Previously, we touched on the rapid increase of tourists coming to Japan. Due to this increase, tourism related industries are seeing significant benefits. Along with these positive effects, there are several downsides such as the lack of infrastructure and facilities with multi-language support, and problems maintaining law and order, etc.
Among these issues, a serious one is the lack of accommodation. In large cities such as Tokyo and Osaka, or tourist destinations like Kyoto, hotels are continuously near fully booked, and making a reservation is a difficult affair. Private think-tank Mizuho Research Institute has calculated that while approximately 9500 rooms will be added by the 2020 Olympics, over 4300 more will be needed.
The Japanese government’s ace in the hole when it comes to combating this issue is the deregulation of “guest houses”, allowing tourists to stay in privately owned condominiums etc. If this bold deregulation goes forward, it is likely that construction and renovation of condominiums aimed at the guest house market will increase drastically.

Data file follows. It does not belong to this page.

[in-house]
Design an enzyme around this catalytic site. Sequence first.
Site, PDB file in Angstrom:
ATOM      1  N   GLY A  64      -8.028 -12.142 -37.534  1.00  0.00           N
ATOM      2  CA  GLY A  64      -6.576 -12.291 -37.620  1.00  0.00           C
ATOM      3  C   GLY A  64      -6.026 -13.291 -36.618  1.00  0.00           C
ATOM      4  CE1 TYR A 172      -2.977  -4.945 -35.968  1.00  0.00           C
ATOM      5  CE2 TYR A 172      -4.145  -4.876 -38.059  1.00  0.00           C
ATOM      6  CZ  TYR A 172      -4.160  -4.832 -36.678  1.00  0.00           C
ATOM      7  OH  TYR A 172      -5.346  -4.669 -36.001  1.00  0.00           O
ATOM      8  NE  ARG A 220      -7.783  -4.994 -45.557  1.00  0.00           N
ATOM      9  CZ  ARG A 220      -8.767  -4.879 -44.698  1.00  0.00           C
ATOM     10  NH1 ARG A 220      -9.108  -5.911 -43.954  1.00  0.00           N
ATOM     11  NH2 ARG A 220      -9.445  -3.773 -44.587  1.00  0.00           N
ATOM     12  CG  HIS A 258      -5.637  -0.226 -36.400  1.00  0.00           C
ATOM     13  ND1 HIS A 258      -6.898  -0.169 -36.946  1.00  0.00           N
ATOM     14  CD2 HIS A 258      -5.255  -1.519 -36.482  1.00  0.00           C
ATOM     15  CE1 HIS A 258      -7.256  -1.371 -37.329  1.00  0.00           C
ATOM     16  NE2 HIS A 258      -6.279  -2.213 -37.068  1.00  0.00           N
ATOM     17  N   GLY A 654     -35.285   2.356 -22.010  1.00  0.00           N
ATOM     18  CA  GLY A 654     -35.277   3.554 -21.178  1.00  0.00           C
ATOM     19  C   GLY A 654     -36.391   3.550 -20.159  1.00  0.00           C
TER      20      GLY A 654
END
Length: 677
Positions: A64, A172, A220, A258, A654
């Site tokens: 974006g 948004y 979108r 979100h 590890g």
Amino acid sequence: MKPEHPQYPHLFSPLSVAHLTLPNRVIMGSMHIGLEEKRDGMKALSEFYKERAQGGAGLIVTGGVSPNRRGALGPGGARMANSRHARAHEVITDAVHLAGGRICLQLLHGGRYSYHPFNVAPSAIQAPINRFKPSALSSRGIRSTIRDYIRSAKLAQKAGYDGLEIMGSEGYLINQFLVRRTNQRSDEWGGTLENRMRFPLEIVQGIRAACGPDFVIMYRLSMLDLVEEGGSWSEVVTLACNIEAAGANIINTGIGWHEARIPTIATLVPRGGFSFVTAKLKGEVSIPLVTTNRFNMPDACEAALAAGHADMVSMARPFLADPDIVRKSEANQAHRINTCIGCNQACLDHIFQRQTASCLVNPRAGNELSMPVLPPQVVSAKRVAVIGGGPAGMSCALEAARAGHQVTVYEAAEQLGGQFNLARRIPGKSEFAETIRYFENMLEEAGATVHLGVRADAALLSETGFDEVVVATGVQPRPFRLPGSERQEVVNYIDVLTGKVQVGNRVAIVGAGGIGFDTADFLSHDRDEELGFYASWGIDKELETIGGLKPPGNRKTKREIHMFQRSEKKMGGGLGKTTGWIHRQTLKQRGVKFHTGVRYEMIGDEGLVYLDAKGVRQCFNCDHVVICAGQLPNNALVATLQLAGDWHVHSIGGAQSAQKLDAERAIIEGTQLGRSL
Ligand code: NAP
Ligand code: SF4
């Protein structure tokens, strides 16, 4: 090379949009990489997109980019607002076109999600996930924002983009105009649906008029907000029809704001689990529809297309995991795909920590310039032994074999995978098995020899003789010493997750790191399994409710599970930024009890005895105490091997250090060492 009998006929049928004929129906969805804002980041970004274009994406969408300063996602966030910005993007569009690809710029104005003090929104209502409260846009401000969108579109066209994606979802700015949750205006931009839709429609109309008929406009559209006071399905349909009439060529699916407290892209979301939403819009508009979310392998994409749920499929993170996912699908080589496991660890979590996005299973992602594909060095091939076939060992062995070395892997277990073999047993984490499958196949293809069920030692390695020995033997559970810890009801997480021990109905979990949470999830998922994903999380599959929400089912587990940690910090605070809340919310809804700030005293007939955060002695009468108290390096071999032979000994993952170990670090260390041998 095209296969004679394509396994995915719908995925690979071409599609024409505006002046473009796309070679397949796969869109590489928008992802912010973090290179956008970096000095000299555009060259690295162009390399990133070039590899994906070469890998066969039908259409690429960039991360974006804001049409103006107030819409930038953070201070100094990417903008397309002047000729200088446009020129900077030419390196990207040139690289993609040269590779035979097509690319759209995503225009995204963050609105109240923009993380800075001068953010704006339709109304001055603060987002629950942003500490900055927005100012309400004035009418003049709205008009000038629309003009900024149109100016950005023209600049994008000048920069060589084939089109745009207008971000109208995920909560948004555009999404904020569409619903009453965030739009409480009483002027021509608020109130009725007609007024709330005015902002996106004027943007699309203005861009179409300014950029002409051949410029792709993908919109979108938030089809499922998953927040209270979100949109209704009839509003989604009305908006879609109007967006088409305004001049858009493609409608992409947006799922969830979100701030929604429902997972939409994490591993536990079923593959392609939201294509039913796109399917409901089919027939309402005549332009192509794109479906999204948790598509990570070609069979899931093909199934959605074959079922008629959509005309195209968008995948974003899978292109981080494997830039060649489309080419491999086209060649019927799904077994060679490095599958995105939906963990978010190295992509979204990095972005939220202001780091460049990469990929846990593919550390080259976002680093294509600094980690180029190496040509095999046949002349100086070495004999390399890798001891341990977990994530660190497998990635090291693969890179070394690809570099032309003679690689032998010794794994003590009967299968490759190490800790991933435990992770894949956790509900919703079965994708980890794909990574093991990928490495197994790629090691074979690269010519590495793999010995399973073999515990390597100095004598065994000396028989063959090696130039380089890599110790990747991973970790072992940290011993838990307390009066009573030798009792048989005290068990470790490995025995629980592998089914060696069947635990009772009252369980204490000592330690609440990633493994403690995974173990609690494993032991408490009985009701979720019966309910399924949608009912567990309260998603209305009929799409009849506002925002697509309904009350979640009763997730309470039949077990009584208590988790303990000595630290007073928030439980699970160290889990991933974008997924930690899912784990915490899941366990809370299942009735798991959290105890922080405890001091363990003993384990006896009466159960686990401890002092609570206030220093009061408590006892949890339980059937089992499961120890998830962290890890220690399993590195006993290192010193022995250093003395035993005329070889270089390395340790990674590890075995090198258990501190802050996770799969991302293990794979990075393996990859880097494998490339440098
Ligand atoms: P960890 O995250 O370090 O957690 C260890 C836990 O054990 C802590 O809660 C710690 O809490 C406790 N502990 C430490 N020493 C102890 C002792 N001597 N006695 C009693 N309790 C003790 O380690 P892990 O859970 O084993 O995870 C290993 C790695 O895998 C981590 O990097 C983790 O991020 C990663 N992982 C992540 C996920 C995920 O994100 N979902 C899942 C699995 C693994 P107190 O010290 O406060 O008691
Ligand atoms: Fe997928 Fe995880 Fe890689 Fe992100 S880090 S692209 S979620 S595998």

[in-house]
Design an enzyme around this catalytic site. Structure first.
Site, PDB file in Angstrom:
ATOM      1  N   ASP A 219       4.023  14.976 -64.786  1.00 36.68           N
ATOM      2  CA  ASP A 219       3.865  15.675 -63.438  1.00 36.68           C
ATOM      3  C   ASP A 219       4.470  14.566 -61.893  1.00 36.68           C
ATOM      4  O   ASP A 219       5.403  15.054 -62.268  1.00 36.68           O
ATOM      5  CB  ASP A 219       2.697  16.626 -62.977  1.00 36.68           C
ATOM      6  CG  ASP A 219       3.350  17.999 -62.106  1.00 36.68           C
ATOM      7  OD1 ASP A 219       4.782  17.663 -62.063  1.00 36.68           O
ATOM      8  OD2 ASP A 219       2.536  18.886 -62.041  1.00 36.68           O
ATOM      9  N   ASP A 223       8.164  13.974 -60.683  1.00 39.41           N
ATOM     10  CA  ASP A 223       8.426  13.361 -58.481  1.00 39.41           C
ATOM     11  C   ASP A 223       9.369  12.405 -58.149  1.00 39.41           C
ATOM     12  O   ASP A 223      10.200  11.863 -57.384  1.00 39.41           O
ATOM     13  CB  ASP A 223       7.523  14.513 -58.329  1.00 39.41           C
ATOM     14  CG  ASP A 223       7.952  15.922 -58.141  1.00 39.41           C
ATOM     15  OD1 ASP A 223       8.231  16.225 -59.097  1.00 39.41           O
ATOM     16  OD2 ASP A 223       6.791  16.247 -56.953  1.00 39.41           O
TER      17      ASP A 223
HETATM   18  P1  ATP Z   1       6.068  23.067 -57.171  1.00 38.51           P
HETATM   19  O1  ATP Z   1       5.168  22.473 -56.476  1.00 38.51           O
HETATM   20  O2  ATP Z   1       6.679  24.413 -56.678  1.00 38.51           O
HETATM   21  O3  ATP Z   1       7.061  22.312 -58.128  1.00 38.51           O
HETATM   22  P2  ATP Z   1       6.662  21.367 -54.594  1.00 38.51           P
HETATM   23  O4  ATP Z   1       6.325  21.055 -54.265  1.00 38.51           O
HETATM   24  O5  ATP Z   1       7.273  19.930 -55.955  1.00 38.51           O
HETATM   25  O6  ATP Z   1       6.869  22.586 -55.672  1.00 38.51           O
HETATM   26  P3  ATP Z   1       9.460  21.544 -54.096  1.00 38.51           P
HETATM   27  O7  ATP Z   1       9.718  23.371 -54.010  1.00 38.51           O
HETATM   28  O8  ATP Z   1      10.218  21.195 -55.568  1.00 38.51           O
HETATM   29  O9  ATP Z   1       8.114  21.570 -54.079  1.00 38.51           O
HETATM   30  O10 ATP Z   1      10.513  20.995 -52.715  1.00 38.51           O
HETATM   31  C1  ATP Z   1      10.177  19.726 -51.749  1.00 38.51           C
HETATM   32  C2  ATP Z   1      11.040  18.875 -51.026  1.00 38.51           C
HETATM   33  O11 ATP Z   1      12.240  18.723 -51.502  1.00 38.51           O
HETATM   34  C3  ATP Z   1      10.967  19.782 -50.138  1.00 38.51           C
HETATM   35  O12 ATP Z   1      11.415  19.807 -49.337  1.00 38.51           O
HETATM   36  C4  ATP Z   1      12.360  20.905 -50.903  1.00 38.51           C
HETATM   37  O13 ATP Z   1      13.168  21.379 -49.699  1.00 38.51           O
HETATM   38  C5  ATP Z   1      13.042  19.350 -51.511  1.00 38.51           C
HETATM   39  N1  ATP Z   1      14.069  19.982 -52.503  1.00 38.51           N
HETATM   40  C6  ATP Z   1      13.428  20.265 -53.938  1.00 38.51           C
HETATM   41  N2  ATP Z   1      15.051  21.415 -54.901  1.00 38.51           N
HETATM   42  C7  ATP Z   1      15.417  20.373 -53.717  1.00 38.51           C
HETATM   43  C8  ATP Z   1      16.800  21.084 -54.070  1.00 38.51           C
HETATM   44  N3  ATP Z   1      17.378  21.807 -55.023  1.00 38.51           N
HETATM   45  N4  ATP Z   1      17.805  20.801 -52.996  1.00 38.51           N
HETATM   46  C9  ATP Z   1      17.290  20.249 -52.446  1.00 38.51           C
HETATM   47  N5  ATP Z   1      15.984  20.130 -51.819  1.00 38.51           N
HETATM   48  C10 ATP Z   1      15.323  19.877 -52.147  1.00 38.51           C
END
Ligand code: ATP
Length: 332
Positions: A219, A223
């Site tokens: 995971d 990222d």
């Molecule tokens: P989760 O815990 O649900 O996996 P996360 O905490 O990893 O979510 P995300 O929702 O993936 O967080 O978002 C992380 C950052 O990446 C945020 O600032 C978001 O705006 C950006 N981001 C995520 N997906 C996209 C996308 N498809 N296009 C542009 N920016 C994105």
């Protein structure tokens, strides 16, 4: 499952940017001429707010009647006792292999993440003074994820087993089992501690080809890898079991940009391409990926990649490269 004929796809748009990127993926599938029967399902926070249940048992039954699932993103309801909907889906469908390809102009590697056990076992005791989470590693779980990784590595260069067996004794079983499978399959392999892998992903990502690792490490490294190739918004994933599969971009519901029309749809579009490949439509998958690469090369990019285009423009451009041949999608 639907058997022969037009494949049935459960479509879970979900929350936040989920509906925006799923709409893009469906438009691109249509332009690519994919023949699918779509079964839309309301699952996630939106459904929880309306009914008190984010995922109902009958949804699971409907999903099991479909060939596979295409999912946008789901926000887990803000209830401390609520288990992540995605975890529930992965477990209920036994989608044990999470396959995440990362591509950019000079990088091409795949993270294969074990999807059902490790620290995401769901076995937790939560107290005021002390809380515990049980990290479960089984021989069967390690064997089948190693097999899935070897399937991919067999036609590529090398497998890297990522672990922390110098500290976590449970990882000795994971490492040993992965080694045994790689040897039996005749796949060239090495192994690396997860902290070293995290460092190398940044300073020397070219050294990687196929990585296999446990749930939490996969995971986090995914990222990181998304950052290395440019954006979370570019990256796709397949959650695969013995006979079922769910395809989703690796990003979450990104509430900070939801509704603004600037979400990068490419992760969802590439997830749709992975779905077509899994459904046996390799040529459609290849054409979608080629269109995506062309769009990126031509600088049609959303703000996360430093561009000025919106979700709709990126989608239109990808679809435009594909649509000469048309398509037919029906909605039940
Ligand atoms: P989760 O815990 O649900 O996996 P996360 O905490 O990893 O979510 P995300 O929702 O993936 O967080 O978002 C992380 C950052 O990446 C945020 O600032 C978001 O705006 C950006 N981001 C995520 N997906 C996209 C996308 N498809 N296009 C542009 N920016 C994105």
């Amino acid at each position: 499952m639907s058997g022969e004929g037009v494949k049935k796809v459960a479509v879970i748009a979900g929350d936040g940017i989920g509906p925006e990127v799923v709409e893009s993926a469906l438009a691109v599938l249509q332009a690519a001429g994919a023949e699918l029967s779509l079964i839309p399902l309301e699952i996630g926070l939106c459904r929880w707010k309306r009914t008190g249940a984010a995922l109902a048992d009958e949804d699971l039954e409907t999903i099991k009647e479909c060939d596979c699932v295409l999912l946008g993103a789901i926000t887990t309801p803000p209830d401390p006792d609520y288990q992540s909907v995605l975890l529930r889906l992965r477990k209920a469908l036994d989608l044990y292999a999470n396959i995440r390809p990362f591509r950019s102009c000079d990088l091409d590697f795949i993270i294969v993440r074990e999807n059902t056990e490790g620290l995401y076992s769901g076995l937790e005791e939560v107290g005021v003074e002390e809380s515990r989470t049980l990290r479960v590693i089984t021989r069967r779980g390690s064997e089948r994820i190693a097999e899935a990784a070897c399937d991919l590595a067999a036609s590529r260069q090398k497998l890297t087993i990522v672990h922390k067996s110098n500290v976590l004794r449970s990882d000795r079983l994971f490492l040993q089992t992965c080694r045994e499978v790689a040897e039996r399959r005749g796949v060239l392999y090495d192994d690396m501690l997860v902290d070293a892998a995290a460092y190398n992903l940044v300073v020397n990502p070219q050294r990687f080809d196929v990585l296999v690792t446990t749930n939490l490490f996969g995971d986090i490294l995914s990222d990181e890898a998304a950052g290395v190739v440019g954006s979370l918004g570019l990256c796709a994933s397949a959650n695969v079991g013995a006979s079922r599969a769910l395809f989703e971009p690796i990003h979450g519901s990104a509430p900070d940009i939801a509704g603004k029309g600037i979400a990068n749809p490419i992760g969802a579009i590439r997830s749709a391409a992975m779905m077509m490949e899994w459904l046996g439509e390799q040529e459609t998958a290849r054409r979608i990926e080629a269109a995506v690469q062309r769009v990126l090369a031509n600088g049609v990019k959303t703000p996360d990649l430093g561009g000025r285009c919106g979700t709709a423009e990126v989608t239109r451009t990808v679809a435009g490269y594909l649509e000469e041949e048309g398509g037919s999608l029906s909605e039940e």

Further, REITs (Real Estate Investment Trusts), etc. are expected to increase investment in guest house properties. In any case, the lifting of the ban on guest houses is almost certainly a major factor in the liquidation of the real estate market. The Japanese government’s actions towards deregulation aimed at guest houses are something worth paying attention to.
Apr. 04, 2016